"At stake is the direction of the 140,000-student school system — the largest in America to consider family income in school placements. Wake has long been the most prominent example of a district that dropped race-based busing, which courts have ruled unconstitutional, in favor of trying to achieve economic diversity in the schools."
Click here to read the full story.
Charlotte gets a mention in the story for its decision in 2002 that "eliminated busing for diversification, leading to rapid repolarization of schools by race and income.
“My feeling is that it’s very important for people in Wake to drive over to Charlotte and see what’s happened,” said Gary Orfield, a professor at the University of California, Los Angeles, who studies school busing."
In the comments section, a few thoughts from Charlotte readers, who support or take issue with Orfield's view:
- I am a graduate of and currently a teacher in Charlotte Mecklenburg Schools. When I was growing up Charlotte had a wonderful, diverse, equitable school system that produced highly-educated students. We had busing for desegregation coupled with very strong magnet programs. Just living in a "good" part of town did not entitle you to any better a school than any other family in the county. In the late 1990s some residents (I will suggest that many of them were recent arrivals in Charlotte) started clamoring for our system to be dismantled. Now we have become a very divided district. There are many "poor" schools and many "rich" schools and not a lot in between. ...Raleigh would be wise to not start down the road that Charlotte is on.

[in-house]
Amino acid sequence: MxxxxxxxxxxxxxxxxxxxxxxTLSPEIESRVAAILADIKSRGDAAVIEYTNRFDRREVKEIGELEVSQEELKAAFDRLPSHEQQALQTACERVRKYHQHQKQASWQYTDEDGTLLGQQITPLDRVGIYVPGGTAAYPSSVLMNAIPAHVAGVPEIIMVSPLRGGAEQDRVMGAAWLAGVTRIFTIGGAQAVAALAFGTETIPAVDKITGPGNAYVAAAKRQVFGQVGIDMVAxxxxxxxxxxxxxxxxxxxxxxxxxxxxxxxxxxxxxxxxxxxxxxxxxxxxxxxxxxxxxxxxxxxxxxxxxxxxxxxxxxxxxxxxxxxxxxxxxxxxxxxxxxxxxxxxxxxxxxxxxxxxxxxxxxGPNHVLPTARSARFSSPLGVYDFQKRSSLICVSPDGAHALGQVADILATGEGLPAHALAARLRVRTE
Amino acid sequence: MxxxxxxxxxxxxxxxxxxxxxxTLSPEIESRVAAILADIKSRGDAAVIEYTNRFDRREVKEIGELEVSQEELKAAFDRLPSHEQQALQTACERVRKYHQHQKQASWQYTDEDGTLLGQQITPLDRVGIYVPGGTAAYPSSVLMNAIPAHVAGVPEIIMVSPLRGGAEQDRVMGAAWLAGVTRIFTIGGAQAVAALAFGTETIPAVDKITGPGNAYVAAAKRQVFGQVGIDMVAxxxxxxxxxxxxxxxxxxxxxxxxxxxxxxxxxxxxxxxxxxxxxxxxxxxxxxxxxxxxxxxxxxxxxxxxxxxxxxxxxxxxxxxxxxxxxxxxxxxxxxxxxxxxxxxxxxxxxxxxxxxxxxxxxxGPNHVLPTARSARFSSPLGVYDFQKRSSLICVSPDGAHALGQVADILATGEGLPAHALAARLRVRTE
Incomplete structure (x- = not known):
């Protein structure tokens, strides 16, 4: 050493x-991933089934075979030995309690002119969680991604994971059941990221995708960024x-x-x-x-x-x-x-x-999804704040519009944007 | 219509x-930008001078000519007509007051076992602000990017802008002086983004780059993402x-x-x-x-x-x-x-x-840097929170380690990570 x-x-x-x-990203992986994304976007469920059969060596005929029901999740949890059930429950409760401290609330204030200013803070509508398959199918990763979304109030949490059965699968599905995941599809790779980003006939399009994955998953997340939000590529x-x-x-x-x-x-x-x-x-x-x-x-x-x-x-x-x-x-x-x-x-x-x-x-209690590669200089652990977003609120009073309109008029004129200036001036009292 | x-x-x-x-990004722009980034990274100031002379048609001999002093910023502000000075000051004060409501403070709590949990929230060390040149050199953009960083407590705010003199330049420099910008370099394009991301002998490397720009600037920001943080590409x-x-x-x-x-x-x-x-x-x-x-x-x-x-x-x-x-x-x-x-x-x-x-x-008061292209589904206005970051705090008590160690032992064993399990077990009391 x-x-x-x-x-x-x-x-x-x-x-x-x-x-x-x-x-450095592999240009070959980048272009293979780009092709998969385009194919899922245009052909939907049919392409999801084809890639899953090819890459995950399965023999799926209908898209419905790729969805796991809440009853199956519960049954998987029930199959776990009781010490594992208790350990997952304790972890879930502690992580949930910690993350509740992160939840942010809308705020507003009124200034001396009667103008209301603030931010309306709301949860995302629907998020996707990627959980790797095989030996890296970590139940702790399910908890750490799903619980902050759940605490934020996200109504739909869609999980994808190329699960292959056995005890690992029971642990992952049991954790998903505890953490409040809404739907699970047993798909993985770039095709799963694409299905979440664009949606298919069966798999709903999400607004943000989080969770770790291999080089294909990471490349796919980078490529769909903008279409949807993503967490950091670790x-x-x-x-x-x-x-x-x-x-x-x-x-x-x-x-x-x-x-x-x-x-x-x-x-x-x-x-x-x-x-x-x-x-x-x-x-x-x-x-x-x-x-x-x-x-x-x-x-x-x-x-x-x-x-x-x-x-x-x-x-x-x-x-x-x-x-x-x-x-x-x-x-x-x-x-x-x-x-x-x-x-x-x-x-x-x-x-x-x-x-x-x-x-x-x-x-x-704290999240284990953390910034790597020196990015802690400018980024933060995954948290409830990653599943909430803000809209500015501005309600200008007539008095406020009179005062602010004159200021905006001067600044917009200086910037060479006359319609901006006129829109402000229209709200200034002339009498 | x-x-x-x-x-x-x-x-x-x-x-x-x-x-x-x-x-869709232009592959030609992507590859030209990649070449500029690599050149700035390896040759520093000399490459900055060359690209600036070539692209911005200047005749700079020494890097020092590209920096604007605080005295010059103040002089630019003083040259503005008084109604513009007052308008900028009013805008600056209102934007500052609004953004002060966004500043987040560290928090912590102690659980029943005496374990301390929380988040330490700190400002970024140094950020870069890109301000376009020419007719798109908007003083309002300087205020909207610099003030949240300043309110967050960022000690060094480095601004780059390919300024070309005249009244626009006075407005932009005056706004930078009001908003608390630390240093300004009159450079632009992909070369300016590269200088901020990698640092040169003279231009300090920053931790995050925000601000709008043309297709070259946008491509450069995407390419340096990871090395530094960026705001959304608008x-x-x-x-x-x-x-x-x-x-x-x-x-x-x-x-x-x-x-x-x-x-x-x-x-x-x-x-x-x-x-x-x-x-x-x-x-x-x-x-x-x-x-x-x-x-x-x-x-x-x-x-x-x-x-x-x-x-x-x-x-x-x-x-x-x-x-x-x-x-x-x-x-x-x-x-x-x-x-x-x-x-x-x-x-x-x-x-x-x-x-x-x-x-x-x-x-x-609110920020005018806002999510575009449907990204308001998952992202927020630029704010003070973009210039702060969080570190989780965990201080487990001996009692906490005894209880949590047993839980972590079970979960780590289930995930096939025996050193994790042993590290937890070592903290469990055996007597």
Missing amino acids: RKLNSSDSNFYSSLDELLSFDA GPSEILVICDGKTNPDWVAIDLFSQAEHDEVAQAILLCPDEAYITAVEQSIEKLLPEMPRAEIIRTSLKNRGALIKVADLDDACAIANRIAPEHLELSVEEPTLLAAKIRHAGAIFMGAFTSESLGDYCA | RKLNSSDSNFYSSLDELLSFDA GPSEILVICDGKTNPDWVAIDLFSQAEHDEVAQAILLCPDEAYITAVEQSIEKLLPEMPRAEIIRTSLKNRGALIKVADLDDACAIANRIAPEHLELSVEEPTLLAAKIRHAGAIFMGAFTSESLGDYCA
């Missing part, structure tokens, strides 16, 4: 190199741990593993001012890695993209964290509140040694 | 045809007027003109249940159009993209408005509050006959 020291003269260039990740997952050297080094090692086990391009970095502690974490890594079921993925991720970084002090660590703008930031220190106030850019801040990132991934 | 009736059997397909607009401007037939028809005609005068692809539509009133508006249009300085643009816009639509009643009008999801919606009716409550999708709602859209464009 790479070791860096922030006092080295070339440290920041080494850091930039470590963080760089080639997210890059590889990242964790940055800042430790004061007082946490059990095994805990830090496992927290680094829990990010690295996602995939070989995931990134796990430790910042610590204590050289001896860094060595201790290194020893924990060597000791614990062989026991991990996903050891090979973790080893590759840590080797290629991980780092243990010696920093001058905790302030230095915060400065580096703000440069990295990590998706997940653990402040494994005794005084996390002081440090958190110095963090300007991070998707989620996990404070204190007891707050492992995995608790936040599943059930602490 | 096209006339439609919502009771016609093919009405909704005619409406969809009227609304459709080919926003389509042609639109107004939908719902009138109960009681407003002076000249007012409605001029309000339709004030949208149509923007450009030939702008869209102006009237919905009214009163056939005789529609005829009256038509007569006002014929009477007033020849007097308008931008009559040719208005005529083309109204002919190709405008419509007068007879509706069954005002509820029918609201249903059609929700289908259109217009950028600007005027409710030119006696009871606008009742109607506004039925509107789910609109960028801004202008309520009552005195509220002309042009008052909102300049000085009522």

- Things were not so rosy here under busing, with a wide achievement gap (of course all schools looked "good" because the high achieving students balanced out the low achieving students). But that did not mean that minority students were receiving a good education. In addition the population of the district more than doubled over the past twenty years--more traffic, more schools, more diversity, and more poverty. Busing was no longer serving the community well. Currently we do not have "pooor" schools and "rich" schools, as Margaret says. We do have schools that are serving predominately high poverty children; however, these schools receive far greater funds than the schools serving low poverty students. The many needs that our high poverty students bring with them to school are being addressed in their neighborhood schools, which does not happen under busing.
- Doug Miller